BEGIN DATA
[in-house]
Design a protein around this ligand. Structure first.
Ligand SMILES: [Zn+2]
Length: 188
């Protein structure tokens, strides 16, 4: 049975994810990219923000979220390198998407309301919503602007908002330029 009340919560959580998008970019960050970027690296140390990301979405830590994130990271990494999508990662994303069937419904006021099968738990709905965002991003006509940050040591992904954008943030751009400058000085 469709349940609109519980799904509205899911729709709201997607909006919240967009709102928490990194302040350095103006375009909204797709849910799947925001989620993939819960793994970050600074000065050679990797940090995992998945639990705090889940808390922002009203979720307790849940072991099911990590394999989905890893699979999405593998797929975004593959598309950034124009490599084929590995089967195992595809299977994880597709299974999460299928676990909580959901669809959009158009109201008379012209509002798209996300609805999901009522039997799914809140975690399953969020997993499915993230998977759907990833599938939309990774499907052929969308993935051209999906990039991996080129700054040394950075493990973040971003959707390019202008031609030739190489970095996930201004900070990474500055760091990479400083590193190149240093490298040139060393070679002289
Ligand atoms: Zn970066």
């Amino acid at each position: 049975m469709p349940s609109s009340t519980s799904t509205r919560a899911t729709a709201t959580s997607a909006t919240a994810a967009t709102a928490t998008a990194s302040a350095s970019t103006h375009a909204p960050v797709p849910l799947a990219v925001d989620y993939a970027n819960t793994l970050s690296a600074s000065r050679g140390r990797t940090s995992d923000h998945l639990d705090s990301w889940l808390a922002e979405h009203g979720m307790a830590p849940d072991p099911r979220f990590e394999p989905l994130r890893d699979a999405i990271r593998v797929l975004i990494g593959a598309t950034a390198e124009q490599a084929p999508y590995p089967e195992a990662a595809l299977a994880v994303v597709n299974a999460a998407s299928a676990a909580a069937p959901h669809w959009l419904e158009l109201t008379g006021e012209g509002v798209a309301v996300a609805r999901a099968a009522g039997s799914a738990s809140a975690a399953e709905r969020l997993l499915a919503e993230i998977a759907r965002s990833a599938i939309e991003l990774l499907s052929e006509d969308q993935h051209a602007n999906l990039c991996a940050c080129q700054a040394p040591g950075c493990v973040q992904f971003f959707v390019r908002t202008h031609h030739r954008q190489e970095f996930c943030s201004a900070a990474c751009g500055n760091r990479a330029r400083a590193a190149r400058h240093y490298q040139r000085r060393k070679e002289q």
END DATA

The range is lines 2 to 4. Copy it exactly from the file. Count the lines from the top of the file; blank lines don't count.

Design a protein around this ligand. Structure first.
Ligand SMILES: [Zn+2]
Length: 188